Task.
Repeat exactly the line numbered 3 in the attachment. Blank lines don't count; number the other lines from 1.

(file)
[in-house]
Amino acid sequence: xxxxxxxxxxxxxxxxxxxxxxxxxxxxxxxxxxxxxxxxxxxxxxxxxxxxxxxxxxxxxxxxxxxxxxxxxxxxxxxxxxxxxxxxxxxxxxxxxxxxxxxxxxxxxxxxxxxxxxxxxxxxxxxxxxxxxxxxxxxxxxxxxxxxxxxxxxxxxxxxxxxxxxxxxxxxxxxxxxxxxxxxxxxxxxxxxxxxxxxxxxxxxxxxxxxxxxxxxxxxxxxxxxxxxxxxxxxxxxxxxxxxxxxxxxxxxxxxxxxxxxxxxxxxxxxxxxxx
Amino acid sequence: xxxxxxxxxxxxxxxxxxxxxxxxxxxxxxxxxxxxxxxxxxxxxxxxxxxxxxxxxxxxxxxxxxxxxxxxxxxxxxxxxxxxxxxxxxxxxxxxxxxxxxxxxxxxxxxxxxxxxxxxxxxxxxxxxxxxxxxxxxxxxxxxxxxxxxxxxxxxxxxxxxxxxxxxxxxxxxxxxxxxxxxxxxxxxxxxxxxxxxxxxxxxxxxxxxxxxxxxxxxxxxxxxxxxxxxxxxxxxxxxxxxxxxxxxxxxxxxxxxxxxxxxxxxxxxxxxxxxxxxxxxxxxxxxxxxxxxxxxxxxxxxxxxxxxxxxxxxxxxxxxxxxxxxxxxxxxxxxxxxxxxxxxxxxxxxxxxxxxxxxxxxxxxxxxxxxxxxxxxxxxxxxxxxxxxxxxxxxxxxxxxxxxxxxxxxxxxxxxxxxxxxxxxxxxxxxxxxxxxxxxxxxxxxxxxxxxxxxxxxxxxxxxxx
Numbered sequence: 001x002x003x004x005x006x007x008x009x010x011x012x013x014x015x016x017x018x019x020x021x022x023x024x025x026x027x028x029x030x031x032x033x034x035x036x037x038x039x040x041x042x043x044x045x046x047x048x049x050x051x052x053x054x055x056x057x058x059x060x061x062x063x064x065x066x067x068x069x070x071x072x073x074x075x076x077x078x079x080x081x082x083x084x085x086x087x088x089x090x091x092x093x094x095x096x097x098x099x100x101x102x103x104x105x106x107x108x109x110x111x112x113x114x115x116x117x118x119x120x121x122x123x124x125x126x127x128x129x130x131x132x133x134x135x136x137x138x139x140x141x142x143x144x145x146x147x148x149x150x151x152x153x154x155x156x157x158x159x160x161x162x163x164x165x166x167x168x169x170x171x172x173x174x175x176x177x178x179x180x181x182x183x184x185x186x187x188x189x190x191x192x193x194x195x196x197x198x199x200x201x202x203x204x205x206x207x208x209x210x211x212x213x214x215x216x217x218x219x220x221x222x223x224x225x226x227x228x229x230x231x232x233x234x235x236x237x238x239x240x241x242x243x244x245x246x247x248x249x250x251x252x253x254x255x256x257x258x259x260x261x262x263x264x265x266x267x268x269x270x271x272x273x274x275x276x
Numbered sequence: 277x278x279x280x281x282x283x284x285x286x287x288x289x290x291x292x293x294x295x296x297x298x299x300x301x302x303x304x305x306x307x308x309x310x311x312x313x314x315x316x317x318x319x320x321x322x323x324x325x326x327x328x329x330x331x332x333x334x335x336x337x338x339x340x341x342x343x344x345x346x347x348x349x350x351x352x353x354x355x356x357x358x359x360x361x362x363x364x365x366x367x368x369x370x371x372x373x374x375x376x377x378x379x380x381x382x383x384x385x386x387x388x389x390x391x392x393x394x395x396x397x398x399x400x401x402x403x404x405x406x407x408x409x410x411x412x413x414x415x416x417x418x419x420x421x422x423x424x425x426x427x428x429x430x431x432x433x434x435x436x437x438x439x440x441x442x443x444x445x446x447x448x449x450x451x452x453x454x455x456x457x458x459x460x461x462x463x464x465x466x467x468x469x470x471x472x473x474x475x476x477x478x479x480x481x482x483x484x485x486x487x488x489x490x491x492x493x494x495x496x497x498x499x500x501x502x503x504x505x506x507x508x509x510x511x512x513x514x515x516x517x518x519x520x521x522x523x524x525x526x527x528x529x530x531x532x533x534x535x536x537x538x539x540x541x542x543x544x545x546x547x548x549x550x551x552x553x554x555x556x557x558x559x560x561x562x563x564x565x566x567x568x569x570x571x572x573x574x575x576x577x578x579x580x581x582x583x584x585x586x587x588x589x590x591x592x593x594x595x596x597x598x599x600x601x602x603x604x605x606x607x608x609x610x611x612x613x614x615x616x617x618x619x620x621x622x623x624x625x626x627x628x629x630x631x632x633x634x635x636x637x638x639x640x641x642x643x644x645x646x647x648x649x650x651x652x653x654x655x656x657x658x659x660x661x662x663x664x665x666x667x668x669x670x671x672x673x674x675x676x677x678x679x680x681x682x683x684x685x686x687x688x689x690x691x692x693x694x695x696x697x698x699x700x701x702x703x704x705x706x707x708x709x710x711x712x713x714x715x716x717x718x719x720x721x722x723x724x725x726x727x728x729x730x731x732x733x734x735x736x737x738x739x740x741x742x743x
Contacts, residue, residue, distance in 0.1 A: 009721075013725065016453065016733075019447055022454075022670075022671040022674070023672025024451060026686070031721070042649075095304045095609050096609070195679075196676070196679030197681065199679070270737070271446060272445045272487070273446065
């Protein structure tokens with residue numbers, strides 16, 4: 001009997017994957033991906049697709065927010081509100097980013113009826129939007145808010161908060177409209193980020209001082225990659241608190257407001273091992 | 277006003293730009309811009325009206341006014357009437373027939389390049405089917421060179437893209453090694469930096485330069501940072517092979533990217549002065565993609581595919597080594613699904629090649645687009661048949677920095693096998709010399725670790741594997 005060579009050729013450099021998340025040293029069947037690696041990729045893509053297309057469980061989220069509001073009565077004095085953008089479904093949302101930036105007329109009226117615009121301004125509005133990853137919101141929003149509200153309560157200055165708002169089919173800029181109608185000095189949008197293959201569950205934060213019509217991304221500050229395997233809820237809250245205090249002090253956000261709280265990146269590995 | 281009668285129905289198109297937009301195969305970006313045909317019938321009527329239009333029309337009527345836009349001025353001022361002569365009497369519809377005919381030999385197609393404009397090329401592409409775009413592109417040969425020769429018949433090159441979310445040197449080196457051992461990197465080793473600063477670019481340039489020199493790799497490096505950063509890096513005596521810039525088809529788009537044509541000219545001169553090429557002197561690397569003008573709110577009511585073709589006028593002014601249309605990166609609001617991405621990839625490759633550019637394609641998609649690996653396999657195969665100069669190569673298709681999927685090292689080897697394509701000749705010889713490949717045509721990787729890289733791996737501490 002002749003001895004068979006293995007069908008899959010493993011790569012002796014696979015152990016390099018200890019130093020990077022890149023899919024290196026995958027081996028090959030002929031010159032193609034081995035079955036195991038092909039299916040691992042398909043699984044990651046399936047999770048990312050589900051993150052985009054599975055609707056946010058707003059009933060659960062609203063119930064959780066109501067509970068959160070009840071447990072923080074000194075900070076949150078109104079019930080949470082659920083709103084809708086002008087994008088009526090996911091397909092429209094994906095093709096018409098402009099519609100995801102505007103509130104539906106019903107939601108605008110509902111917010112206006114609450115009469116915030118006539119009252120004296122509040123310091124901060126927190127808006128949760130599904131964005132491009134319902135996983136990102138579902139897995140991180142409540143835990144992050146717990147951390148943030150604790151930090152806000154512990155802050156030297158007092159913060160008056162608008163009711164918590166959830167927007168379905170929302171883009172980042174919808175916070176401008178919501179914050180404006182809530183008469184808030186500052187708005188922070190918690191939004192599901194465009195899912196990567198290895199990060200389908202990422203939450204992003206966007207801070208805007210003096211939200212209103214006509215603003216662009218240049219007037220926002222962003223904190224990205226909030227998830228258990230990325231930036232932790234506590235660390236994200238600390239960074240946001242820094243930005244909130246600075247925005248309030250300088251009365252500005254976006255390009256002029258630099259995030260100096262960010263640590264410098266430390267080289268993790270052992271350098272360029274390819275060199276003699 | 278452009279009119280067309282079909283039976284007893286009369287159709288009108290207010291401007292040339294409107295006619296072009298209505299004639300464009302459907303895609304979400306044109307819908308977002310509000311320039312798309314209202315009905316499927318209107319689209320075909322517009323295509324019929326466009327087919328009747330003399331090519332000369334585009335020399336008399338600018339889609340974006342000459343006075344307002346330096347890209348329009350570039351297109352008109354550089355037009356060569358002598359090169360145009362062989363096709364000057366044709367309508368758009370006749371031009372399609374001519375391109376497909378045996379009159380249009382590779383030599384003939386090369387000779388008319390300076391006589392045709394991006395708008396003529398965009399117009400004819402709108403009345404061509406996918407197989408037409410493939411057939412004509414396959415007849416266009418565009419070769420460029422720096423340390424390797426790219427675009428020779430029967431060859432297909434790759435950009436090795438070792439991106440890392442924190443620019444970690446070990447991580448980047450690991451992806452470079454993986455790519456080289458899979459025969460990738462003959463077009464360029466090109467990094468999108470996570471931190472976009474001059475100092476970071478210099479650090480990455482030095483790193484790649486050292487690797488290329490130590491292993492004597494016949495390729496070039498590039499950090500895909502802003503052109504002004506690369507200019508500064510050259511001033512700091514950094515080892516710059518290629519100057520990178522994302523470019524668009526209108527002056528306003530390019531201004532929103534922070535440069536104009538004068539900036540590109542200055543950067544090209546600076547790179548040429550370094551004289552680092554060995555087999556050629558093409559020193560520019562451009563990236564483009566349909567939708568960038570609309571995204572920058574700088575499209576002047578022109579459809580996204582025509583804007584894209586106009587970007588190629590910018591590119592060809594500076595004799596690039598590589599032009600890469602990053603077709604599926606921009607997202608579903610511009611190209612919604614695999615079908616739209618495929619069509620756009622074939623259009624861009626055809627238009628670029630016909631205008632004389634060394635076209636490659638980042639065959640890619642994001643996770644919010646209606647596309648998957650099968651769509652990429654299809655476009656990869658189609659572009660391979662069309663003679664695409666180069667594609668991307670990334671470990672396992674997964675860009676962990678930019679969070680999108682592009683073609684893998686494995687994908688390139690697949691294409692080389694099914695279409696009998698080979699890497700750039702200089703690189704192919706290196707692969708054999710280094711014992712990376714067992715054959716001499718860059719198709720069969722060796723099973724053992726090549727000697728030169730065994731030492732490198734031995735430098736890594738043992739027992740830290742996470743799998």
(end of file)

Amino acid sequence: xxxxxxxxxxxxxxxxxxxxxxxxxxxxxxxxxxxxxxxxxxxxxxxxxxxxxxxxxxxxxxxxxxxxxxxxxxxxxxxxxxxxxxxxxxxxxxxxxxxxxxxxxxxxxxxxxxxxxxxxxxxxxxxxxxxxxxxxxxxxxxxxxxxxxxxxxxxxxxxxxxxxxxxxxxxxxxxxxxxxxxxxxxxxxxxxxxxxxxxxxxxxxxxxxxxxxxxxxxxxxxxxxxxxxxxxxxxxxxxxxxxxxxxxxxxxxxxxxxxxxxxxxxxxxxxxxxxxxxxxxxxxxxxxxxxxxxxxxxxxxxxxxxxxxxxxxxxxxxxxxxxxxxxxxxxxxxxxxxxxxxxxxxxxxxxxxxxxxxxxxxxxxxxxxxxxxxxxxxxxxxxxxxxxxxxxxxxxxxxxxxxxxxxxxxxxxxxxxxxxxxxxxxxxxxxxxxxxxxxxxxxxxxxxxxxxxxxxxxxxxxxxxxx